Markets take a beating as US-China beef overshadows bright European data

Markets were in the red on Friday in another tough week for global equities.
Markets were in the red on Friday in another tough week for global equities.

Dubai - Oil rebounds 2% on energy demand worries

By Agencies

Published: Fri 24 Jul 2020, 3:08 PM

Last updated: Fri 24 Jul 2020, 5:26 PM

Global equities took a beating on Friday on intensifying China-US tensions while a worse-than-forecast US jobs report and stalled stimulus talks in Washington fuelled fears about the economic recovery, despite a batch of bright data in Europe.
The losses come at the end of another tough week for markets, which have shown signs of stuttering after a months-long rally from their March trough.

 London - FTSE 100 -0.9%
 Frankfurt - DAX 30 -1.5%
 Paris - CAC 40 -1.1%
 Hong Kong - Hang Seng -2.2% (close)
 Shanghai Composite -3.9% (close)
 Tokyo - Nikkei 225 Holiday
 South Korea - Kospi -0.7% (close)
 Australia - S&P/ASX 200 -1.2% (close)
 Mumbai - Sensex -0.5%
 Karachi - KSE 100 +0.03%
 Manila - PSEi -0.4% (close)
In Europe, Frankfurt stocks lost 1.5 per cent and Paris shed 1.1 per cent, despite figures showing that eurozone business activity growth was the strongest in two years in July.
London shed 0.9 per cent ahead of the weekend, with losses capped by upbeat numbers showing an uptick in business activity - and another rebound in retail sales.
But in Asia, Shanghai and Hong Kong dived on Friday as relations between the world's two superpowers took another bad turn when China ordered the closure of the US consulate in Chengdu in retaliation for America shuttering Beijing's diplomatic mission in Houston this week.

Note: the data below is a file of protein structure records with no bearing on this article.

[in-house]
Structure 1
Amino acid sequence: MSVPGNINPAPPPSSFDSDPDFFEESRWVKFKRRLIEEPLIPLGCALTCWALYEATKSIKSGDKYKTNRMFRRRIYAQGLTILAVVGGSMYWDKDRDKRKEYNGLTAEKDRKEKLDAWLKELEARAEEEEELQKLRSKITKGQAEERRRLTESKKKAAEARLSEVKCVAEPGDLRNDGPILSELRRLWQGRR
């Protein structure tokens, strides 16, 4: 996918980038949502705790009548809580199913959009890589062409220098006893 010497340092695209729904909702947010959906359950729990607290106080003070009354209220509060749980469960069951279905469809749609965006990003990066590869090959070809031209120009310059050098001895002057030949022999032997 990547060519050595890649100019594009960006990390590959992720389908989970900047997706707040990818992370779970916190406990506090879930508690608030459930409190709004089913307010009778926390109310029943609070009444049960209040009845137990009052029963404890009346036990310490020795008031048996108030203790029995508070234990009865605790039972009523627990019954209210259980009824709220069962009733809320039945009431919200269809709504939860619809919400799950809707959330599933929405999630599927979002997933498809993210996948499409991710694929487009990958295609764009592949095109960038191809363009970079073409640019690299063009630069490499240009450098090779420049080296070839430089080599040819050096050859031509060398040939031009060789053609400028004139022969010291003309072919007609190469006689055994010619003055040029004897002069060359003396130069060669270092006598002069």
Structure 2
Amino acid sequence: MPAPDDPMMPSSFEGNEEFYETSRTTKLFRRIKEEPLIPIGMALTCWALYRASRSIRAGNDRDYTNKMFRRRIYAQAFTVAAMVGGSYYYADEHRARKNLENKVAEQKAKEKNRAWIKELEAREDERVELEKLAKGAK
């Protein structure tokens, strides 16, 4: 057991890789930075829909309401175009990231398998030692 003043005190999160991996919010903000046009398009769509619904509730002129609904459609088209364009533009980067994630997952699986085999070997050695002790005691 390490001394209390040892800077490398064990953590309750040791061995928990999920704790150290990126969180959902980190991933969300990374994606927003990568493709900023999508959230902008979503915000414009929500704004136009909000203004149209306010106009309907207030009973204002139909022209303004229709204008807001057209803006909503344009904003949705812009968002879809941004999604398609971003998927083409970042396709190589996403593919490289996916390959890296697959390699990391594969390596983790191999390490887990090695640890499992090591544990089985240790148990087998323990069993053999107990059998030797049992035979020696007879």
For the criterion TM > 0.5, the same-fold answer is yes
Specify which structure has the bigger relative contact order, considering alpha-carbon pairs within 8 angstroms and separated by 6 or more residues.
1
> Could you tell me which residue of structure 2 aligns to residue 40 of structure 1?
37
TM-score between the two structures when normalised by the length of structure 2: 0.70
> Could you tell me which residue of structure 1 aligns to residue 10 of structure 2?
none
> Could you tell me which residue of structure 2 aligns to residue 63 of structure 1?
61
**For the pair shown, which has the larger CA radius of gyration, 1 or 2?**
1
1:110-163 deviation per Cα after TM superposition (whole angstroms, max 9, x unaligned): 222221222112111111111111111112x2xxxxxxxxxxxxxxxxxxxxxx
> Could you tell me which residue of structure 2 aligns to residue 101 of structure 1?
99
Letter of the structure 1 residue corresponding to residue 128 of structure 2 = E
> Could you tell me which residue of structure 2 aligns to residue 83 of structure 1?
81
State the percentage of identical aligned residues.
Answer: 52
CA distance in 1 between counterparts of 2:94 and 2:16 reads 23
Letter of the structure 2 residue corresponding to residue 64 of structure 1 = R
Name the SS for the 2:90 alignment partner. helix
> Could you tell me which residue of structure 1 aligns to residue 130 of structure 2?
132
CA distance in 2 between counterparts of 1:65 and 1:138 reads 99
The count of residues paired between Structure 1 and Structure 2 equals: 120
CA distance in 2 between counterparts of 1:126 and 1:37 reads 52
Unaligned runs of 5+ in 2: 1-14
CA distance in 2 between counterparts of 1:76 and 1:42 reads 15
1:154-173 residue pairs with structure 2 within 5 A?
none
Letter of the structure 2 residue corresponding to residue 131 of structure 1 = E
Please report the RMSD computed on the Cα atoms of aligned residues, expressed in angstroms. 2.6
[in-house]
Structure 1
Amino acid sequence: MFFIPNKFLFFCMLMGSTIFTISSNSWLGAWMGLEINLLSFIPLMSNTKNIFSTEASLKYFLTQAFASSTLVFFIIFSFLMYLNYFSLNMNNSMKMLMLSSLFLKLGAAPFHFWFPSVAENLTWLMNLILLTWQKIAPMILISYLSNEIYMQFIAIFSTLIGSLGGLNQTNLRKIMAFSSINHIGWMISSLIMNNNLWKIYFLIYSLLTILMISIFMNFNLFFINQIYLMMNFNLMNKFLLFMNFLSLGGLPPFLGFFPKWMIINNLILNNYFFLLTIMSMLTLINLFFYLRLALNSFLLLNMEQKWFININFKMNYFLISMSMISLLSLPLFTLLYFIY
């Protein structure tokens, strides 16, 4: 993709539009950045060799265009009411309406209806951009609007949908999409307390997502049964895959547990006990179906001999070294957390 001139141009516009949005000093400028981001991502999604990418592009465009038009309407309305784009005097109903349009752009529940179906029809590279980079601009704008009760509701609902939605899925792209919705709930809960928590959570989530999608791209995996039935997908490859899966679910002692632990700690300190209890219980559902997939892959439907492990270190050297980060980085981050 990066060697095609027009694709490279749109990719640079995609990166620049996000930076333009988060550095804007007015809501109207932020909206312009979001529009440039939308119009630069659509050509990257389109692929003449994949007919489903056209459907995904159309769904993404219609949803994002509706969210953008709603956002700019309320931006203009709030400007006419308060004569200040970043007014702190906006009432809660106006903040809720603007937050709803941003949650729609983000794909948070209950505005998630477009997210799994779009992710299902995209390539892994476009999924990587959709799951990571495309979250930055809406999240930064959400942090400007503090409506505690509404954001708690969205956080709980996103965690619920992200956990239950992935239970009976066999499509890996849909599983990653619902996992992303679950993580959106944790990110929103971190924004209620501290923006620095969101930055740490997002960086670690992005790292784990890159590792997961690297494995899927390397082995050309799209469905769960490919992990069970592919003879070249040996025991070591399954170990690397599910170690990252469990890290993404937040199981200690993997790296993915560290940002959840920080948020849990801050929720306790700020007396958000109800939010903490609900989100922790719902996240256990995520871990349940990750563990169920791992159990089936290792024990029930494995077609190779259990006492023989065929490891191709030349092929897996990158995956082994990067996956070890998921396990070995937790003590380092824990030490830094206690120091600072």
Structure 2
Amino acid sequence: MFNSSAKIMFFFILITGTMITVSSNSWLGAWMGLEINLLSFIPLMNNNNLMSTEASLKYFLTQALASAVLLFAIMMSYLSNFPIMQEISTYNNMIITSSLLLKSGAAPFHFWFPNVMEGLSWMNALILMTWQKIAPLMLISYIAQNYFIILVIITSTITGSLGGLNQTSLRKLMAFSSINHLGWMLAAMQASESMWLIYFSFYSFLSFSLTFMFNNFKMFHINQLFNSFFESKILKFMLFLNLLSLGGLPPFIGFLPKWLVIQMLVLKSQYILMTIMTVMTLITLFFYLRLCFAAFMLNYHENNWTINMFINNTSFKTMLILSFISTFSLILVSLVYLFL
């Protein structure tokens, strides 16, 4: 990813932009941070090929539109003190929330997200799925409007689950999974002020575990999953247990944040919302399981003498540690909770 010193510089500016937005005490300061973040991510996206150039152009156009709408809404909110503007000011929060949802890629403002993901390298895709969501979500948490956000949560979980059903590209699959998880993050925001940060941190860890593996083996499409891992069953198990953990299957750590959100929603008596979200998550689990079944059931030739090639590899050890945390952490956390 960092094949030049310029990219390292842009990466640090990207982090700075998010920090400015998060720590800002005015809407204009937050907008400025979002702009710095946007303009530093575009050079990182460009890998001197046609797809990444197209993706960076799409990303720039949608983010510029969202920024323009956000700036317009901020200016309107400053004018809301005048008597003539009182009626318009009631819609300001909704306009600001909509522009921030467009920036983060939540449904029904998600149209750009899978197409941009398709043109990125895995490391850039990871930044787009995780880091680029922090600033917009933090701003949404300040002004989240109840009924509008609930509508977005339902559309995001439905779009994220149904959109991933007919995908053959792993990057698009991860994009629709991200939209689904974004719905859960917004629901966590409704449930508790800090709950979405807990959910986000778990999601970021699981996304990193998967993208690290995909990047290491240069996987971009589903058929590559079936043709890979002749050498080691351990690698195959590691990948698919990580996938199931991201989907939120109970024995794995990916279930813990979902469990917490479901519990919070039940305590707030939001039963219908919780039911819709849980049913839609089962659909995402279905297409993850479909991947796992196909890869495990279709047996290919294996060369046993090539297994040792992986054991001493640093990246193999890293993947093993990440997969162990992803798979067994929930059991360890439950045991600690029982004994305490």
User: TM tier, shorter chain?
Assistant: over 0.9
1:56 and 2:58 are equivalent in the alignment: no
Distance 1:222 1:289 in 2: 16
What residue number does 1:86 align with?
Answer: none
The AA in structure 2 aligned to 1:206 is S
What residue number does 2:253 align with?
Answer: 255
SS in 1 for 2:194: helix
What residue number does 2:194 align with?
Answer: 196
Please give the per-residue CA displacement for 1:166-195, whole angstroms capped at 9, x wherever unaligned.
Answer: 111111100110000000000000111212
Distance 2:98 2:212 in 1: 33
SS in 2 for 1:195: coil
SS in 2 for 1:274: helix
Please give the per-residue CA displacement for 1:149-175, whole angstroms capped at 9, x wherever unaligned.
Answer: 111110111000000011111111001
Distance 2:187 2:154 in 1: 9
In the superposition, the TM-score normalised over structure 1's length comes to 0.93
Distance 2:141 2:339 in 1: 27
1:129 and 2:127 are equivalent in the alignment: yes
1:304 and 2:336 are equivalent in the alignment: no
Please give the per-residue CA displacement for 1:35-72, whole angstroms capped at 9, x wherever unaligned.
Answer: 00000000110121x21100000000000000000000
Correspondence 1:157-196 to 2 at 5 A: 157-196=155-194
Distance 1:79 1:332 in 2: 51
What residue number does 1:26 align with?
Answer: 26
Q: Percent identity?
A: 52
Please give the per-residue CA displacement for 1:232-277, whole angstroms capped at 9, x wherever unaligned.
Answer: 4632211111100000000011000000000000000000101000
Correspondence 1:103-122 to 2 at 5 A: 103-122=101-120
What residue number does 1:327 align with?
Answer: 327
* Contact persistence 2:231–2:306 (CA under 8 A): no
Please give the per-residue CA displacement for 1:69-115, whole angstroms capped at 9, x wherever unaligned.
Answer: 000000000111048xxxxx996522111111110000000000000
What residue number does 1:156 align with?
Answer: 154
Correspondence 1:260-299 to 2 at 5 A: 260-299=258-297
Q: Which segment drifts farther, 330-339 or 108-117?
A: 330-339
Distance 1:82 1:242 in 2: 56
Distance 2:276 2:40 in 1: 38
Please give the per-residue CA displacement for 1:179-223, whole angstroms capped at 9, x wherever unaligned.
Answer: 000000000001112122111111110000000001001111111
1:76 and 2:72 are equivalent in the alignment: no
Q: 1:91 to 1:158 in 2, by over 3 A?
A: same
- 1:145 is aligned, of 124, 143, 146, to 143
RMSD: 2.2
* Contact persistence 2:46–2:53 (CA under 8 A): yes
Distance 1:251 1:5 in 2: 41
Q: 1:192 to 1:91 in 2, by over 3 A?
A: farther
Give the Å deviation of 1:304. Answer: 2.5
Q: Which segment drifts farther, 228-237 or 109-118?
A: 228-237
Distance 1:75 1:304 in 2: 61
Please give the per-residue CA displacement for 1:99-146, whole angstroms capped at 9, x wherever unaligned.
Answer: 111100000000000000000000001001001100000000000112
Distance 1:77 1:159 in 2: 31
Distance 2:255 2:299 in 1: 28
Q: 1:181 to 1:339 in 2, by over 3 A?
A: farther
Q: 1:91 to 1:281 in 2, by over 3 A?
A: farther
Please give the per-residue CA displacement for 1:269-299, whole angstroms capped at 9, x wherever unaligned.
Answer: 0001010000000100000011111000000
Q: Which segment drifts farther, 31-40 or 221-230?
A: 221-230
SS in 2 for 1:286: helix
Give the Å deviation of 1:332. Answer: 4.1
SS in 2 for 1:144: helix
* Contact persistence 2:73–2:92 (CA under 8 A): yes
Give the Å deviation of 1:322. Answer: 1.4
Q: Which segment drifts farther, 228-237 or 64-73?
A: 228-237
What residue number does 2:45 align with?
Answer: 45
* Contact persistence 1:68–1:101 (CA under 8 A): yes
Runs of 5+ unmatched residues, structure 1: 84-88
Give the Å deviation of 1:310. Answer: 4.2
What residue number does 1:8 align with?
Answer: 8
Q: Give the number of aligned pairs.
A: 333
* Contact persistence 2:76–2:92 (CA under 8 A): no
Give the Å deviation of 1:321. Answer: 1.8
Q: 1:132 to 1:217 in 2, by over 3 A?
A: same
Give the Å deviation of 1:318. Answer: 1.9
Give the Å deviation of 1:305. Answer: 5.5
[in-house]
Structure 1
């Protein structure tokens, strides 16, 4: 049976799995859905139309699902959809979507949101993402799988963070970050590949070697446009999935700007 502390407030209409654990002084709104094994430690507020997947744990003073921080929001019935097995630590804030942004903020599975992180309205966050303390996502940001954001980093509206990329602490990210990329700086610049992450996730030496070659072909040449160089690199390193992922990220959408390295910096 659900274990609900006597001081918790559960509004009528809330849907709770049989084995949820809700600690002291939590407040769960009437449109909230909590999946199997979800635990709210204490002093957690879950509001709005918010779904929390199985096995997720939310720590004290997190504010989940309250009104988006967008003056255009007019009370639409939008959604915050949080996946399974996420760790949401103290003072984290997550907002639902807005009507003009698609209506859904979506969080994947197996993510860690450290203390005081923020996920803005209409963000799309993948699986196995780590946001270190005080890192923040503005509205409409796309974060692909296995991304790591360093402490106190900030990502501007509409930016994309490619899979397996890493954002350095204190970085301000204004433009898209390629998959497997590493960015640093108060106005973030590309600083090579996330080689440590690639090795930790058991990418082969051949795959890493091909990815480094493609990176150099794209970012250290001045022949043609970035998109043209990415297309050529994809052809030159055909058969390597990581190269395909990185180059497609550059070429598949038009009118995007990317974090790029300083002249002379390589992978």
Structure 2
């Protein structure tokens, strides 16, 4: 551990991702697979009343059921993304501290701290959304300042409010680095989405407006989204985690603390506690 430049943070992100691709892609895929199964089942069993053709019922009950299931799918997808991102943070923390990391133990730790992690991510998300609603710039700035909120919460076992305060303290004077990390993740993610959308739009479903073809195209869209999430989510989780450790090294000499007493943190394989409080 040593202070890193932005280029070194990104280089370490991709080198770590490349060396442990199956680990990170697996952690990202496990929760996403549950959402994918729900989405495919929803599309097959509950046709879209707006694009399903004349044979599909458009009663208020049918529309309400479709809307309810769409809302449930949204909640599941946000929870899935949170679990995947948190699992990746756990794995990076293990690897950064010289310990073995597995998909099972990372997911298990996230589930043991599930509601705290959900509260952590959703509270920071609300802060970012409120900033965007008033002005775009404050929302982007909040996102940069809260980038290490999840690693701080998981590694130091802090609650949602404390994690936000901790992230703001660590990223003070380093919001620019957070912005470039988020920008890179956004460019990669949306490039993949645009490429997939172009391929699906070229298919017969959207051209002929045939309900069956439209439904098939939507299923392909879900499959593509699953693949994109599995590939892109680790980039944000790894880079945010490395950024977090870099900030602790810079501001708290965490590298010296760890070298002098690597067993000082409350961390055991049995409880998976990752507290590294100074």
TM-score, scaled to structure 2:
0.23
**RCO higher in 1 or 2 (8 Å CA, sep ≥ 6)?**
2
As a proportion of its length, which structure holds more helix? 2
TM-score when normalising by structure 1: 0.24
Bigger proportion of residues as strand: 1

The standoff is the latest in a string of issues - including Hong Kong, coronavirus and Huawei - that have plunged relations between the superpowers into crisis.
"It's a sour end to the trading week with hefty declines across Europe and Asia, echoing a miserable showing on Wall Street last night," said AJ Bell investment director Russ Mould.
"Spooking investors was heightened tensions between Asia and North America whereby China ordered the US to close one of its consulates in Chengdu.
"Adding to the market woes was data showing the first weekly rise in new US unemployment claims in almost four months, dampening hopes of a quick economic recovery from the pandemic."
Markets were already in the red following a steep drop on Wall Street sparked by news that 1.4 million Americans applied for jobless benefits last week, the first week-on-week rise since the start of the crisis.
The news came as several states around the country were forced to reimpose containment measures soon after reopening from lockdown, forcing some to close bars, restaurants and other businesses key to the economy.
Weak data could spur US lawmakers to push on with fresh stimulus measures as their previous multi-trillion-dollar package comes to an end soon, economists say.
But Republicans and the White House have been unable to reach an agreement on their $1 trillion proposal, with the two still at odds over the $600 weekly unemployment benefits, which are drawn by 30 million people but run out this month.
Even once that is passed, they must then haggle with Democrats, who have already prepared their own $3.5 trillion plan, all the while with the August recess approaching.
Haven asset gold meanwhile jumped within spitting distance of $1,900 for the first time since late 2011, boosted by economic uncertainty, geopolitical tensions and Federal Reserve monetary easing that has weakened the dollar.
Oil staged a rebound after tanking on Thursday by more than two per cent on energy demand worries.

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